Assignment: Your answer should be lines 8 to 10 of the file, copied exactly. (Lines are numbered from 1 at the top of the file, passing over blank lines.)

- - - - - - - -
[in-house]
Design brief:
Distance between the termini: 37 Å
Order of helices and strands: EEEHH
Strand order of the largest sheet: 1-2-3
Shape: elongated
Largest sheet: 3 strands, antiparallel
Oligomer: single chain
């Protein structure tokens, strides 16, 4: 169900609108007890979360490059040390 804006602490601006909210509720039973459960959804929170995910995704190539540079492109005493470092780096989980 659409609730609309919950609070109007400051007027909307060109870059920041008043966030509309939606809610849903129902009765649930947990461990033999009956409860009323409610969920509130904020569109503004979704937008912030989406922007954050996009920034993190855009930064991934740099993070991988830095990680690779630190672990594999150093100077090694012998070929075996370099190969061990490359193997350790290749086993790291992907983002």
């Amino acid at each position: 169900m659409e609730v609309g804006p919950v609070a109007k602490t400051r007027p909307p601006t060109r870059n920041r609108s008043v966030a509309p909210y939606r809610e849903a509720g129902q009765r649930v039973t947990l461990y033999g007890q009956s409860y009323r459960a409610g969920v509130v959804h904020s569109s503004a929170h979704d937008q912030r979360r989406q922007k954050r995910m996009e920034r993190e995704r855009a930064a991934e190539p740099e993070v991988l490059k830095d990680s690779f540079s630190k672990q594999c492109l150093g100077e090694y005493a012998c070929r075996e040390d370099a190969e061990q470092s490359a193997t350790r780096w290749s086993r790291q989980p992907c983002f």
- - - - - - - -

Oligomer: single chain
């Protein structure tokens, strides 16, 4: 169900609108007890979360490059040390 804006602490601006909210509720039973459960959804929170995910995704190539540079492109005493470092780096989980 659409609730609309919950609070109007400051007027909307060109870059920041008043966030509309939606809610849903129902009765649930947990461990033999009956409860009323409610969920509130904020569109503004979704937008912030989406922007954050996009920034993190855009930064991934740099993070991988830095990680690779630190672990594999150093100077090694012998070929075996370099190969061990490359193997350790290749086993790291992907983002």
């Amino acid at each position: 169900m659409e609730v609309g804006p919950v609070a109007k602490t400051r007027p909307p601006t060109r870059n920041r609108s008043v966030a509309p909210y939606r809610e849903a509720g129902q009765r649930v039973t947990l461990y033999g007890q009956s409860y009323r459960a409610g969920v509130v959804h904020s569109s503004a929170h979704d937008q912030r979360r989406q922007k954050r995910m996009e920034r993190e995704r855009a930064a991934e190539p740099e993070v991988l490059k830095d990680s690779f540079s630190k672990q594999c492109l150093g100077e090694y005493a012998c070929r075996e040390d370099a190969e061990q470092s490359a193997t350790r780096w290749s086993r790291q989980p992907c983002f």